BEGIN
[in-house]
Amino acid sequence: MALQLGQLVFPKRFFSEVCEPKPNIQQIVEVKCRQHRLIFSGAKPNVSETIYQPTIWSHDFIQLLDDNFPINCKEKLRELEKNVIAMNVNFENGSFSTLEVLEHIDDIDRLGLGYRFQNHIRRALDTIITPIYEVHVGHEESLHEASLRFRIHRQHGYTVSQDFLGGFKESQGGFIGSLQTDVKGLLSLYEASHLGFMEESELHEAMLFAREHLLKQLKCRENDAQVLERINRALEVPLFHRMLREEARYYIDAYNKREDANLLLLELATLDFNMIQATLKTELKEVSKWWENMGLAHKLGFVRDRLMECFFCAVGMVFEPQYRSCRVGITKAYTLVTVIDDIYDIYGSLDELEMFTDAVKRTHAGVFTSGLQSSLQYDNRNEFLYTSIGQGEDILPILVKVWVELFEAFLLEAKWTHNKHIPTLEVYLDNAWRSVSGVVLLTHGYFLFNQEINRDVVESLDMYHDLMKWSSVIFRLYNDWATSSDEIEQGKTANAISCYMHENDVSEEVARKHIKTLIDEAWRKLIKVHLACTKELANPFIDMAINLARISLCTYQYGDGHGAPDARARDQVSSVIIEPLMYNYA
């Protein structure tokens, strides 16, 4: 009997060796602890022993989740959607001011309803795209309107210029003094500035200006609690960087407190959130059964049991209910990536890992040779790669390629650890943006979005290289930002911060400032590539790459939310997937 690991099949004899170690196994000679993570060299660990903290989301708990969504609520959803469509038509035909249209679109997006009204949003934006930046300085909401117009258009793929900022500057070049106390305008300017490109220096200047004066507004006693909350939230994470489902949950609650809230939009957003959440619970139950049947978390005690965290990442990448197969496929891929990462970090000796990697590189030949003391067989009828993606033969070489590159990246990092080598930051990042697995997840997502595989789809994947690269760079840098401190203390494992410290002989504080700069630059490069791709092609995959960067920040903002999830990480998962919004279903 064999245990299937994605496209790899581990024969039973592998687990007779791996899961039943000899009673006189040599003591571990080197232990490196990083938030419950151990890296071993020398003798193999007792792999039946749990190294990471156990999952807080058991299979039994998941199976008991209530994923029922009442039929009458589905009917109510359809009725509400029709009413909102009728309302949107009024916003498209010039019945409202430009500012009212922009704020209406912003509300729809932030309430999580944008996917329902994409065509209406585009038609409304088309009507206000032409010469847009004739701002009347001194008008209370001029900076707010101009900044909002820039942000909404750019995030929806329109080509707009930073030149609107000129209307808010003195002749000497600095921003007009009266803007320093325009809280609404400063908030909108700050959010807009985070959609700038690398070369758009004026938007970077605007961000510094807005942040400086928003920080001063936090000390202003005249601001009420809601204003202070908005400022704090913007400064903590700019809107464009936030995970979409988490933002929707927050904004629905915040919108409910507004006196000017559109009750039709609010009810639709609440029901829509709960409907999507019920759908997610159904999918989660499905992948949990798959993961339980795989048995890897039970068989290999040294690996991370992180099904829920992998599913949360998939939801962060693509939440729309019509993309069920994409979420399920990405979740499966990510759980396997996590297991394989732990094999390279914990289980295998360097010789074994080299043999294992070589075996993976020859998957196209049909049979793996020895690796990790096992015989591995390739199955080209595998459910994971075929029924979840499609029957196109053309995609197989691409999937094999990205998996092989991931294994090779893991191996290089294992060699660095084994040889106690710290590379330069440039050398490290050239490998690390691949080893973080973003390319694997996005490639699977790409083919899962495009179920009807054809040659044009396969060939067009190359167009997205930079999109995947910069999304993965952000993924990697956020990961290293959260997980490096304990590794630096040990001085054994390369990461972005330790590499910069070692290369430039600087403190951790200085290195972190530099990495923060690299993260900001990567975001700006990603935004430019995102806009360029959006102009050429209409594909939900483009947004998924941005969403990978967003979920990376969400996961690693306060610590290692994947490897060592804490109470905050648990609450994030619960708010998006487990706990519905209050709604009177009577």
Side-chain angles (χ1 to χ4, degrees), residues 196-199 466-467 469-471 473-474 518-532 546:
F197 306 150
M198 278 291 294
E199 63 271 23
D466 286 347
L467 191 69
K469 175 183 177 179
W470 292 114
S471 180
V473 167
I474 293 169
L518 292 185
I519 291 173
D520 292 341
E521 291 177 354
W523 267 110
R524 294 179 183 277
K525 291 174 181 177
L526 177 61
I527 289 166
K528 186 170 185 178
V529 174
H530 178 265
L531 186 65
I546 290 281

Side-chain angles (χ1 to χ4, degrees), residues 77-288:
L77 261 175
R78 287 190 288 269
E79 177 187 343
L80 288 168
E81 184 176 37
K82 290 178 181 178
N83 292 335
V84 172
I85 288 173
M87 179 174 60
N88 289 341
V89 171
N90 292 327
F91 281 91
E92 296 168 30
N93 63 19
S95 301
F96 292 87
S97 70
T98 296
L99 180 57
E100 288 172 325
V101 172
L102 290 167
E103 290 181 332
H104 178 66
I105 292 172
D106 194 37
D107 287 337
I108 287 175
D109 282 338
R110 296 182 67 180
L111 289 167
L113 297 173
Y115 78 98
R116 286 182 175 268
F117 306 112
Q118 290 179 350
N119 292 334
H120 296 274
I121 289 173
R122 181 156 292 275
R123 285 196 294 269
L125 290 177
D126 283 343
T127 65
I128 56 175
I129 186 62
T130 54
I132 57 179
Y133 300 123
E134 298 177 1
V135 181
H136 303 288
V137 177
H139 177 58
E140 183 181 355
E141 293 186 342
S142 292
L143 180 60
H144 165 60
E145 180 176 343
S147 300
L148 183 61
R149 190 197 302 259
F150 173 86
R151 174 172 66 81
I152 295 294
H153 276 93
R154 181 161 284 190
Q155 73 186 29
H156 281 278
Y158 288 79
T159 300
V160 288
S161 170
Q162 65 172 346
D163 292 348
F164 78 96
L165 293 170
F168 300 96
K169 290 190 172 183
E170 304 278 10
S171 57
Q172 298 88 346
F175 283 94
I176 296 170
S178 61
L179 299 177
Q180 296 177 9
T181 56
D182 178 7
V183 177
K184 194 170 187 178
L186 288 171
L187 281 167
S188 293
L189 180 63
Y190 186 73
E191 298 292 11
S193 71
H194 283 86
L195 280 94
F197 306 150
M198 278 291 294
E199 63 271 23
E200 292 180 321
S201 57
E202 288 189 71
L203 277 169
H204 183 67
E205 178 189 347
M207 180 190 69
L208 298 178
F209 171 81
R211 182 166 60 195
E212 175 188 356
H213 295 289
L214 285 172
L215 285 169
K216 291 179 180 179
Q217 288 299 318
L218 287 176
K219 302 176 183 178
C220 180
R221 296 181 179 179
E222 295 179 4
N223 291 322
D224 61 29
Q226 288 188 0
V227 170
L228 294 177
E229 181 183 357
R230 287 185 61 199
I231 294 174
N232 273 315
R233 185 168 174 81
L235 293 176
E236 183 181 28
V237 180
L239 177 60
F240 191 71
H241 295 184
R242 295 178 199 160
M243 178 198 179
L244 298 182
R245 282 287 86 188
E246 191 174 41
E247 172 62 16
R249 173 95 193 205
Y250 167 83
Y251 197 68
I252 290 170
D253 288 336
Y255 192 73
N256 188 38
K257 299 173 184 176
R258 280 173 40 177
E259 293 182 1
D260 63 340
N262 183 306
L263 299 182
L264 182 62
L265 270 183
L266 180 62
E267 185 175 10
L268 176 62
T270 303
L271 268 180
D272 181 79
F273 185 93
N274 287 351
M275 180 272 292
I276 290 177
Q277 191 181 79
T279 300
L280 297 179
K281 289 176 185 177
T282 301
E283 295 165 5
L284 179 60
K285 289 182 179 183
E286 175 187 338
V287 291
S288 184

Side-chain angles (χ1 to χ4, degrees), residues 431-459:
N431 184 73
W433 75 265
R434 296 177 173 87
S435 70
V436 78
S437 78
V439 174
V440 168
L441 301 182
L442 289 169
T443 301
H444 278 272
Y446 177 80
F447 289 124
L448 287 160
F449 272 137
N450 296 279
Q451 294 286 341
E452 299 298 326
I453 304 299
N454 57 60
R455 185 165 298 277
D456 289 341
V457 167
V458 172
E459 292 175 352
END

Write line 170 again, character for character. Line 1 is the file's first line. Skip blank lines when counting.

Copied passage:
L239 177 60